PositiveThe Irish Times (IRE)A sometimes riveting, sometimes long-winded journey through physical and metaphysical landscapes ... beautifully written in lush, lyrical prose ... a huge amount of research went into Latitudes of Longing. To Swarup’s credit the novel never feels weighed down with its ambitious backdrop. Her narrative may encompass everything from the ecology of tropical islands to the mistreatment of Burmese political prisoners, but she manages to keep it all within the vivid, living world of her characters ... Swarup’s mind-bending narrative gives us talking ghosts and glaciers, but in a way that feels original and real ... The novel is full of interesting historical and cultural details ... Readers will stay with Swarup for these vibrant creations, and for the depth of her insights. Her novel on the importance of connectedness and the dangers of repeating past mistakes feels particularly pertinent right now.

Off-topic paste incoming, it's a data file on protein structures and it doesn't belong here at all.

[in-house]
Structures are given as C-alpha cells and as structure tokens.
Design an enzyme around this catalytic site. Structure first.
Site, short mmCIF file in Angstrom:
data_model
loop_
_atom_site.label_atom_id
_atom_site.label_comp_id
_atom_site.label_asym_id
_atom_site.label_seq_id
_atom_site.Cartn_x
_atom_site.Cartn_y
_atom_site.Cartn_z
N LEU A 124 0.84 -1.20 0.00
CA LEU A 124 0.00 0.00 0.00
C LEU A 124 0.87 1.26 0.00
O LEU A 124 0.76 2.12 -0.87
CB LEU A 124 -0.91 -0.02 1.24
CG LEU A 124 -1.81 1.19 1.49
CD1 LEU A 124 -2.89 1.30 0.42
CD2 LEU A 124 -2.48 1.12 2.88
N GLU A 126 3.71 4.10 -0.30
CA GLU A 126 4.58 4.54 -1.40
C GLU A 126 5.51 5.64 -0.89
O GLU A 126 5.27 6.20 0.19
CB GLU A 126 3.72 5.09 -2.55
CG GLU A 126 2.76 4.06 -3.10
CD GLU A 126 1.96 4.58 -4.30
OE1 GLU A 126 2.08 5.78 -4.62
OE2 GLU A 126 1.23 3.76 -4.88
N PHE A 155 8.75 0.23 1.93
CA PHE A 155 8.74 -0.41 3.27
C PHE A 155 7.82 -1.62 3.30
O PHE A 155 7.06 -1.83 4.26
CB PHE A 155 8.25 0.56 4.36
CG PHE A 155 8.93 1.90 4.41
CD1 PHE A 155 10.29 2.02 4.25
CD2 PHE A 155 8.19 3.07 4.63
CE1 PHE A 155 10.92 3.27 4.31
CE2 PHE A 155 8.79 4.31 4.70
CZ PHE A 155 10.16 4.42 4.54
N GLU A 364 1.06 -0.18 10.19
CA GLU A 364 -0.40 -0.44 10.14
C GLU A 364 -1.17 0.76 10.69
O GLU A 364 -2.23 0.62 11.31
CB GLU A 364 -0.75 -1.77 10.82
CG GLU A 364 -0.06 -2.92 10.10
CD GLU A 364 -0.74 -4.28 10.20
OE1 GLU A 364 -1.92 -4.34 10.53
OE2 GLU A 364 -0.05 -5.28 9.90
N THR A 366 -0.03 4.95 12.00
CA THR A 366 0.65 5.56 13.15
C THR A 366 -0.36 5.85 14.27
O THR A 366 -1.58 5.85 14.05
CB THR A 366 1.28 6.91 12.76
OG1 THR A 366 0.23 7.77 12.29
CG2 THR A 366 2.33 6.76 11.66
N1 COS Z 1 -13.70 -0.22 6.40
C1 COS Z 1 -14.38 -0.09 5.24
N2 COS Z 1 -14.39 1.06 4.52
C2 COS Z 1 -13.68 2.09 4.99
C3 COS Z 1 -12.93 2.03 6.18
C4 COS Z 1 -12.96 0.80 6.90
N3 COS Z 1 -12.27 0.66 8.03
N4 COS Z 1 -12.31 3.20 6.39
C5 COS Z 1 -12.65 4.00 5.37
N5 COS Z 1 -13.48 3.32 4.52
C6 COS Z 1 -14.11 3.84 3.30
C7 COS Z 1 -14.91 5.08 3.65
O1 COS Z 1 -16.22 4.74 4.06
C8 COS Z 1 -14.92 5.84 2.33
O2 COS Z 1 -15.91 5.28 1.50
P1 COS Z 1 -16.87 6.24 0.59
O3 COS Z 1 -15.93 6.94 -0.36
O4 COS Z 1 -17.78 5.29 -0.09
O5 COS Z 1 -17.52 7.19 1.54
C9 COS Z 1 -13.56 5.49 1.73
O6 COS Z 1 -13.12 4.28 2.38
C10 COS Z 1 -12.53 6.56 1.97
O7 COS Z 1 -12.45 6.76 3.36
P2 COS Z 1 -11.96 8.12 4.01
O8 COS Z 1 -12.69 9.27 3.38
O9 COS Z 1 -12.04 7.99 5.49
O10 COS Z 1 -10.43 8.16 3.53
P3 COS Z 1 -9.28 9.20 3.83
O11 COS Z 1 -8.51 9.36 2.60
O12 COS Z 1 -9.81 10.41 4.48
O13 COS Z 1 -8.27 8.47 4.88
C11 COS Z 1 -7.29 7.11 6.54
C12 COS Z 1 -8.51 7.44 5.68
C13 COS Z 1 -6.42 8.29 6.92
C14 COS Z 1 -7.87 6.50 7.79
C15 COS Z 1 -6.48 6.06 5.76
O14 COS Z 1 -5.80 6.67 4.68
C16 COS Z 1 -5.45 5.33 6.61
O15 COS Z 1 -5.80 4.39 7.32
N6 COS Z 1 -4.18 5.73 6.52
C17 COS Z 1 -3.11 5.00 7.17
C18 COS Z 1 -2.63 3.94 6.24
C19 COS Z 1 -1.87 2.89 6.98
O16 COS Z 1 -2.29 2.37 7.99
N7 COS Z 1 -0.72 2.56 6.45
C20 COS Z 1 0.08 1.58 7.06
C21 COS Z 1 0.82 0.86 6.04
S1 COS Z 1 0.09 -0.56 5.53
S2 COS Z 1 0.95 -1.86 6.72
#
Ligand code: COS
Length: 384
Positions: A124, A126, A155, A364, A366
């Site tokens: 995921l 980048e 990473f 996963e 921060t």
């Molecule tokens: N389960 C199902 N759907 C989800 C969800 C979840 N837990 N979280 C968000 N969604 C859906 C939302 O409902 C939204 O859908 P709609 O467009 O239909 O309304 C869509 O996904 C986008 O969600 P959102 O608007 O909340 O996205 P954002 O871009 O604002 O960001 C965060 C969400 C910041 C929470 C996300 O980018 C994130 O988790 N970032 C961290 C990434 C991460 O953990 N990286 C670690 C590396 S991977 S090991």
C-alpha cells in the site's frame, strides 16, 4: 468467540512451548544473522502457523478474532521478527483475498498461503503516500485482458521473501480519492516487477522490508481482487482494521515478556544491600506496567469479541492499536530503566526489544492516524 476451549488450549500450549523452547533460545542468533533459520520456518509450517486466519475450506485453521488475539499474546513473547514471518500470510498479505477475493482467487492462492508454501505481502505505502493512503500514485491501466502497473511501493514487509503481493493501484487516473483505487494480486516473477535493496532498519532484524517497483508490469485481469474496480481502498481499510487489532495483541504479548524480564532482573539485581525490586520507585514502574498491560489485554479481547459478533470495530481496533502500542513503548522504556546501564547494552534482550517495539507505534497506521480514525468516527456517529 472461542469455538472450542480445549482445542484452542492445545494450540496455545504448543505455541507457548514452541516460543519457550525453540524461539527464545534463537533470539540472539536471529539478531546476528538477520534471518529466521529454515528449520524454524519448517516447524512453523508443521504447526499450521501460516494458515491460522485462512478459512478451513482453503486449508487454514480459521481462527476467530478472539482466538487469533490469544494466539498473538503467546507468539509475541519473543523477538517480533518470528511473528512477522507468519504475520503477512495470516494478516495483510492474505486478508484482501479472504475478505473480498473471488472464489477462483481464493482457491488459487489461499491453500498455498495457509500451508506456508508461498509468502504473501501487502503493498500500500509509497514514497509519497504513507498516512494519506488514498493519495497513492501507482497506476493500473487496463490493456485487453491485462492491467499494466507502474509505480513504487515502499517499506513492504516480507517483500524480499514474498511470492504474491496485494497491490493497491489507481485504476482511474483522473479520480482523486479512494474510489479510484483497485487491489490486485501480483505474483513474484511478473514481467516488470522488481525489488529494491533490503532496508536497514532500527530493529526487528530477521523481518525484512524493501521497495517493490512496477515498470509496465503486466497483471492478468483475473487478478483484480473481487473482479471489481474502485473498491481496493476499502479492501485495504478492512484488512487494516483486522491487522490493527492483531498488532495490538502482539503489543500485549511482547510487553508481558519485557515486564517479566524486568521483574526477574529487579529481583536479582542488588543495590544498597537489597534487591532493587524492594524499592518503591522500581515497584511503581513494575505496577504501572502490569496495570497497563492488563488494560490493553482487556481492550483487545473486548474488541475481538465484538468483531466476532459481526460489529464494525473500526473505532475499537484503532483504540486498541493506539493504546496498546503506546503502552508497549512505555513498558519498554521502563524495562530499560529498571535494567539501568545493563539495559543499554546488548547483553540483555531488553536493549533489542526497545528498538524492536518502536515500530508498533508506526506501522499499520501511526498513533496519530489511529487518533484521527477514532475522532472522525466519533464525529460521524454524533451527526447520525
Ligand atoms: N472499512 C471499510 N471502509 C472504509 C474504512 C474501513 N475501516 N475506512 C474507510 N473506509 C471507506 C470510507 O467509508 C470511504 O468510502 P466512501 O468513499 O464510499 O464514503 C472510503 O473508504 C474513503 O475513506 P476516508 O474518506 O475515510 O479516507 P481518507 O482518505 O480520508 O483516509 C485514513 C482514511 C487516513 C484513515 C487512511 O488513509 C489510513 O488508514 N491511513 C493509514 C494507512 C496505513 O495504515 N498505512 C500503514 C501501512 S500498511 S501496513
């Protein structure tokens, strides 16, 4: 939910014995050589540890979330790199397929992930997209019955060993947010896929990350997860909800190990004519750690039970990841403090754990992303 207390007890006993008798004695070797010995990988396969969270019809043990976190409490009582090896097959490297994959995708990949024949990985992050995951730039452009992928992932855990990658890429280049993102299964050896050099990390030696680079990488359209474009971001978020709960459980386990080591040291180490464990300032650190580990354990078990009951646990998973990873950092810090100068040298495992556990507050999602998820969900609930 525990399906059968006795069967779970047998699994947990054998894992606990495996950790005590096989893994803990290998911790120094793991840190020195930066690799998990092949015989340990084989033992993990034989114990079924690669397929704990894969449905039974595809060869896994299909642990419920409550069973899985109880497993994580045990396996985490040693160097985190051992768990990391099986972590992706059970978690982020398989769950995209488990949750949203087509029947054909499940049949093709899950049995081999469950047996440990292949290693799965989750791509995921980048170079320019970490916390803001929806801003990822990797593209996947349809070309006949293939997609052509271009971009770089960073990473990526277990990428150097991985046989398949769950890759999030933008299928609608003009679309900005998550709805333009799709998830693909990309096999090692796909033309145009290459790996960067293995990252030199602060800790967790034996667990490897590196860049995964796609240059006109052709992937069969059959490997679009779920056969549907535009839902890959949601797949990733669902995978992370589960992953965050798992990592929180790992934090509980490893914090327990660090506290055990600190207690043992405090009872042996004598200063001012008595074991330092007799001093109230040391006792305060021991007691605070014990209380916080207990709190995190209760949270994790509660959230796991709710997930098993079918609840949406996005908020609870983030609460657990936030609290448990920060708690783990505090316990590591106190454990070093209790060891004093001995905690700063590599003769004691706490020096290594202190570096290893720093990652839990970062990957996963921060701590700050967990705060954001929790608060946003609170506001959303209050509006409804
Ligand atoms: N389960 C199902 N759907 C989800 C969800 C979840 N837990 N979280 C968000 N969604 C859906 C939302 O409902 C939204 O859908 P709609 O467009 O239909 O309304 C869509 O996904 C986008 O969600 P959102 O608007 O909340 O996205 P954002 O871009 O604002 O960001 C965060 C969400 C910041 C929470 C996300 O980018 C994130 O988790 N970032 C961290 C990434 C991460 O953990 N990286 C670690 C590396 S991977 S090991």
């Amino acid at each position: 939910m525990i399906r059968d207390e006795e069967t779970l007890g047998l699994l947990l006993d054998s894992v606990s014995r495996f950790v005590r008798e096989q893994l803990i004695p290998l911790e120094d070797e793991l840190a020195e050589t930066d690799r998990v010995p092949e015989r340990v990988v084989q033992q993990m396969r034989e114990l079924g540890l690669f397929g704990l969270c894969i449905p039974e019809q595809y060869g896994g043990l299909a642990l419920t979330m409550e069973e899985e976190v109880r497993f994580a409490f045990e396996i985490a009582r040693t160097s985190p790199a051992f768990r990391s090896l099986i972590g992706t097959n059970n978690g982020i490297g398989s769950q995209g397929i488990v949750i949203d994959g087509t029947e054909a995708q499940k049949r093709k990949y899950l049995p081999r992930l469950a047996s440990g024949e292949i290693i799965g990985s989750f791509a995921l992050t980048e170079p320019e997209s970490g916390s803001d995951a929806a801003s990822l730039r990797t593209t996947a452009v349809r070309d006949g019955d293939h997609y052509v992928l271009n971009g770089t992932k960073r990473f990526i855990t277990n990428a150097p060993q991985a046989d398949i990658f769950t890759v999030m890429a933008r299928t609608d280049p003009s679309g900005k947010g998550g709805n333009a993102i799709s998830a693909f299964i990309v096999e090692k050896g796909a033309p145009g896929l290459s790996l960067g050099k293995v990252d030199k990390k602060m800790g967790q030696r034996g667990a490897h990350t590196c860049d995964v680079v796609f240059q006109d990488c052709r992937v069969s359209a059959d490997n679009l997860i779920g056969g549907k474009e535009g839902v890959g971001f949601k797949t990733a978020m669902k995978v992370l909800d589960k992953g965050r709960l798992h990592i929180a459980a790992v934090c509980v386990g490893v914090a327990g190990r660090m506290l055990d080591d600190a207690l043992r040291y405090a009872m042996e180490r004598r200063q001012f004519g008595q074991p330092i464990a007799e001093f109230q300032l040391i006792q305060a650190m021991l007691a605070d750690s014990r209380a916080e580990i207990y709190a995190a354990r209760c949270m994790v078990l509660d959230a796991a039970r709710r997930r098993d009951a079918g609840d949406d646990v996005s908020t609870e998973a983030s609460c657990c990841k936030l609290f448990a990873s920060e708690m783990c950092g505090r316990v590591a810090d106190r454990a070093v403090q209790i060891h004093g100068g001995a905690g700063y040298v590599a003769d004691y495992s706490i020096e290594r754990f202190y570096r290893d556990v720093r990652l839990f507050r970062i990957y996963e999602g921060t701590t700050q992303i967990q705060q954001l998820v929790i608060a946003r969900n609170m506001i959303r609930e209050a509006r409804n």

RaveThe Irish Times (IRE)Callan Wink is an understated writer who doesn’t go in for obvious symbolism, choosing instead details that bring the backdrop of his fiction to life ... It is an elegant, considered novel that charts the joys and traumas that shape an individual. Wink eschews drama for the ordinary revelations of everyday life, but that’s not to say that nothing dramatic happens ... What it means to be a young man growing up in the heartland of America is deftly explored. Wink is interested less in the dramas themselves than in the response of his protagonist ... Those looking for a classical Hollywood structure will be disappointed. There is little build or resolution around events. The narrative progresses as time moves forward and characters come and go. They are no less memorable for it ... The details of farm life in August’s early days in Michigan, his stint in the city and his time spent working for farmer Ancient in rural Montana are all brightly rendered. This rich, clear prose has the rare quality of making anything seem interesting, from the mechanics of a baler machine to the backdrop of a dive bar. Wink’s writing has the deceptive simplicity of greats such as Hemingway or Carver, and the melancholy and pathos underpinning the book has echoes of John Williams’s Stoner ... a writer who is able to take a step back, to flip the obvious on its head.